INTJs Think in Symbols and Images

One of the defining traits of Introverted Intuition is a tendency to think in terms of symbolic imagery. According to typologist AJ Drenth, “They (INJs) think by way of images rather than words. Their intuitions often manifest in the form of symbols, images, dreams, or patterns. This is consistent with Jung’s characterization of the Ni type as a dreamer, artist, or seer.” This is often why INTJs will express themselves using a lot of metaphor and simile rather than concrete language. They blend rational, fact-based thinking with vivid imagery to make a powerful impression in their speech and writing.

“Anything described that is devoid of associated images or symbolism seems barren and without  life. By recognizing the power of symbolism, the Seer is able to significantly restructure reality simply by choosing another perspective on the data.”
– Margaret and Gary Hartzler, Functions of Type: Activities for Developing the Eight Jungian Functions

 

“Why Don’t I Relate To This?”

The majority of people who get an INTJ result in an online test are actually ISTJs, ESTJs, or ISTPs. For this reason, when we really get into the deep theory of type and introverted intuition, a lot of people are scratching their heads and thinking “either this information is wrong or I’m not typed correctly.” So you have to ask yourself:

“When I take in information am I looking more at what’s tangible, concrete, verifiable and tried-and-true?”

“When I look at the world around me do I get strong impressions that relate to my past experience, memories, and facts I’ve accumulated in my life?”

This would mean you probably identify more with Si than Ni, and would therefore be an STJ.

OR, when you look at the world around you do you think of everything’s symbolic significance, deeper meaning, and relationship to the rest of the universe? Do you find yourself considering abstract ideas and possibilities that are unrelated to the object you’ve seen, yet may have been triggered in some way by that object? If so, then you have more of a leaning towards intuition and INTJ is more likely your accurate result.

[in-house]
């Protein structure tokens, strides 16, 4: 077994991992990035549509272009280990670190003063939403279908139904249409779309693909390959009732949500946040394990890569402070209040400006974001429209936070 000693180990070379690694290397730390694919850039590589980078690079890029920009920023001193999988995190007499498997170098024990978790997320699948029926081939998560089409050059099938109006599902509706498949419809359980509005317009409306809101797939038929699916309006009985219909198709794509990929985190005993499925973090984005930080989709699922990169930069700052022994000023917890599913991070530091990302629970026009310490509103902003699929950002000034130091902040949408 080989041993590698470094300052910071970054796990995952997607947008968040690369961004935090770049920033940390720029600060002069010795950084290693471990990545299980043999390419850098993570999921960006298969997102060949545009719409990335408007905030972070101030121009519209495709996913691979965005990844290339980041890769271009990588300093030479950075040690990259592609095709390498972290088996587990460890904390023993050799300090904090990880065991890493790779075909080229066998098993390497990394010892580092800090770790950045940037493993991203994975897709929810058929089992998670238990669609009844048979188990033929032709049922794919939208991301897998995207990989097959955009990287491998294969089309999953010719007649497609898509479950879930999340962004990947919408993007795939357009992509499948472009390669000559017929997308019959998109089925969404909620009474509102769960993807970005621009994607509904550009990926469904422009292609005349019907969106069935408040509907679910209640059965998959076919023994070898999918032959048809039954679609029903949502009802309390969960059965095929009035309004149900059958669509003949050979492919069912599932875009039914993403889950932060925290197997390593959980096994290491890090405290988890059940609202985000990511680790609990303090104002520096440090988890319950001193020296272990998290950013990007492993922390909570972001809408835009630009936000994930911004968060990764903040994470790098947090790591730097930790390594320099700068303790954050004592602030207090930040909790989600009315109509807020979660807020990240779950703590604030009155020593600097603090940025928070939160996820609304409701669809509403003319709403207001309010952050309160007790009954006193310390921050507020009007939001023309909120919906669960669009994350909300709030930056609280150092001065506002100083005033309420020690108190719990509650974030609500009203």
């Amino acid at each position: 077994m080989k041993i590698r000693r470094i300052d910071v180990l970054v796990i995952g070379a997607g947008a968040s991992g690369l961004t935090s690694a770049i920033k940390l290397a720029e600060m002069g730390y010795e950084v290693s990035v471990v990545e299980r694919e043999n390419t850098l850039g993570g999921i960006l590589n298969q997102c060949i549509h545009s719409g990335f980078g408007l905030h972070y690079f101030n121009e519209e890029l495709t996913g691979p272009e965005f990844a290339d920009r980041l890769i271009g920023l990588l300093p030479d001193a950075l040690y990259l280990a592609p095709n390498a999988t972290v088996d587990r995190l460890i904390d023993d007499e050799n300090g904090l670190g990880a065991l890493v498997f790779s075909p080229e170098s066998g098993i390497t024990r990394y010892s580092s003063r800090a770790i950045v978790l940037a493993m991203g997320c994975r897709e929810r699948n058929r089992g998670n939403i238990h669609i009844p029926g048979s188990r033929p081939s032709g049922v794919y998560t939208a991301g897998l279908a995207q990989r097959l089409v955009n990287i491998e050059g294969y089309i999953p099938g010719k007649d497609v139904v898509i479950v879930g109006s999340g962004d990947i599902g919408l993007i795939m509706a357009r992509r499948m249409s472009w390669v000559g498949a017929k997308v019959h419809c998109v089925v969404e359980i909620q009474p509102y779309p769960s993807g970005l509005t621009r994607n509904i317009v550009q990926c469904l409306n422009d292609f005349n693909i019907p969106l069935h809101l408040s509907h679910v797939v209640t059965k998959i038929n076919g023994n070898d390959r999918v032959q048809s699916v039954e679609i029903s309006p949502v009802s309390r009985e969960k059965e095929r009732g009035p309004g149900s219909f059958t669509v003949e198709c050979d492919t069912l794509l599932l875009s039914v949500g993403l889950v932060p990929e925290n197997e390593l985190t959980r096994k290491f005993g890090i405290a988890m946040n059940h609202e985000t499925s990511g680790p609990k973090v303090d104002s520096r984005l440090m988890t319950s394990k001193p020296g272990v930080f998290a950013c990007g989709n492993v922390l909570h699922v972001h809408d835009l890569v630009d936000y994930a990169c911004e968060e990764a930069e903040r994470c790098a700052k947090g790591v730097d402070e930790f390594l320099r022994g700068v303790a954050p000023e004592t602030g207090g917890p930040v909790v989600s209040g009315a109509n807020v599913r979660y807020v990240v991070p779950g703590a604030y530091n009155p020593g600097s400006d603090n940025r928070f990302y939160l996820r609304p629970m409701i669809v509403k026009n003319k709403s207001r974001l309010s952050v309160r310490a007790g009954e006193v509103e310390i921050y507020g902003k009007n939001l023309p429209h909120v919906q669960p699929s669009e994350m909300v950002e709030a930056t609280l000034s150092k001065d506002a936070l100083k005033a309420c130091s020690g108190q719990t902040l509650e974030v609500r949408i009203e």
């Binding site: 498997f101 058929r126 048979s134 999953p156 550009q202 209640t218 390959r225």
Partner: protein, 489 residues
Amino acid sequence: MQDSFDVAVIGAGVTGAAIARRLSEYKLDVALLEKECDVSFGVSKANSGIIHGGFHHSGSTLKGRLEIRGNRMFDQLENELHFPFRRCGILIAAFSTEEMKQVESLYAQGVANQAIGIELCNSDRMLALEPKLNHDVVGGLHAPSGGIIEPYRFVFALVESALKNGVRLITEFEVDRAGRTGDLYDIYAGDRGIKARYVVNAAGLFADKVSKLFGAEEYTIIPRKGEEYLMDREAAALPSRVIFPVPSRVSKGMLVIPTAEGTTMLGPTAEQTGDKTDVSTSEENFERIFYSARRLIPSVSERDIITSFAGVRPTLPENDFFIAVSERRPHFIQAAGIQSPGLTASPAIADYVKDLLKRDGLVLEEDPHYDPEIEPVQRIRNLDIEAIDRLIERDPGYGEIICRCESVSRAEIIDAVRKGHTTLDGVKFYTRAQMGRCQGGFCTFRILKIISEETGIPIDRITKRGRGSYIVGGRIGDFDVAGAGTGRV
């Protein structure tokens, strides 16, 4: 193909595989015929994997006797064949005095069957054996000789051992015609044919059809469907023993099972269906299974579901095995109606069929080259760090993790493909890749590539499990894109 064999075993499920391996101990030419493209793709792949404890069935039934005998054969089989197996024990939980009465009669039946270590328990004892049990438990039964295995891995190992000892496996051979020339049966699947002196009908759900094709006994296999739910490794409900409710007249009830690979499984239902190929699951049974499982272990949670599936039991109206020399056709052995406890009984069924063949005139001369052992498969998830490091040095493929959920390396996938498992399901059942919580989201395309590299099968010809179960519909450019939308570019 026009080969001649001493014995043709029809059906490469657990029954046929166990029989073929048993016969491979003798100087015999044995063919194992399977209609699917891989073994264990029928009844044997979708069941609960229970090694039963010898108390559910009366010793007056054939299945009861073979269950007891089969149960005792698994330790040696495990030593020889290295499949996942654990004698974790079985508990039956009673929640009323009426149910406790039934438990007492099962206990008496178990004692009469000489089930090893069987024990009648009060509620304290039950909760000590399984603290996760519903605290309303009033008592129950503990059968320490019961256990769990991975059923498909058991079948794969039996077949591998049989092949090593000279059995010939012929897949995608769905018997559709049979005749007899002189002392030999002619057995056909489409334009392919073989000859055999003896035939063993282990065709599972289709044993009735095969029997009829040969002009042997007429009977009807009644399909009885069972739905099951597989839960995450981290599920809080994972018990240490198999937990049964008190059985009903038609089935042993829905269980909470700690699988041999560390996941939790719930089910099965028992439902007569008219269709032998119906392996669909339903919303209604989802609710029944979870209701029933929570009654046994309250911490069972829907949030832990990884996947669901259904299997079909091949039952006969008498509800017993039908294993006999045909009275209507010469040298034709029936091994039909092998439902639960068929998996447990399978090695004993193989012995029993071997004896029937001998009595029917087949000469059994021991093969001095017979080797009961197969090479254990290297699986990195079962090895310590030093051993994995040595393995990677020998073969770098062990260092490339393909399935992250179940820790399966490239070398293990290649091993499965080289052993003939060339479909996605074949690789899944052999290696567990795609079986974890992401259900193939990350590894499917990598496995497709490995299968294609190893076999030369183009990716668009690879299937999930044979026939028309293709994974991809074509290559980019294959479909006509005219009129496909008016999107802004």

All About INTJs

Have any thoughts to share?

Let us know in the comments!

Other Articles You Might Enjoy:

10 Things That Terrify INTJs

10 Things You’ll Relate to if You’re an INTJ

10 Things You Should Never Say to an INTJ

10 Intuition Hacks for INTJs and INFJs

3 paradoxes of the #INTJ personality type! #MBTI

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Susan Storm is a certified MBTI® practitioner and lover of all things psychology-related. She is the mom of five beautiful children and loves using her knowledge of personality type to understand them and others better! Follow her on Facebook, Twitter, or Pinterest to learn more about type!

MBTI, Myers-Briggs Type Indicator, and Myers-Briggs are trademarks or registered trademarks of the Myers and Briggs Foundation, Inc., in the United States and other countries.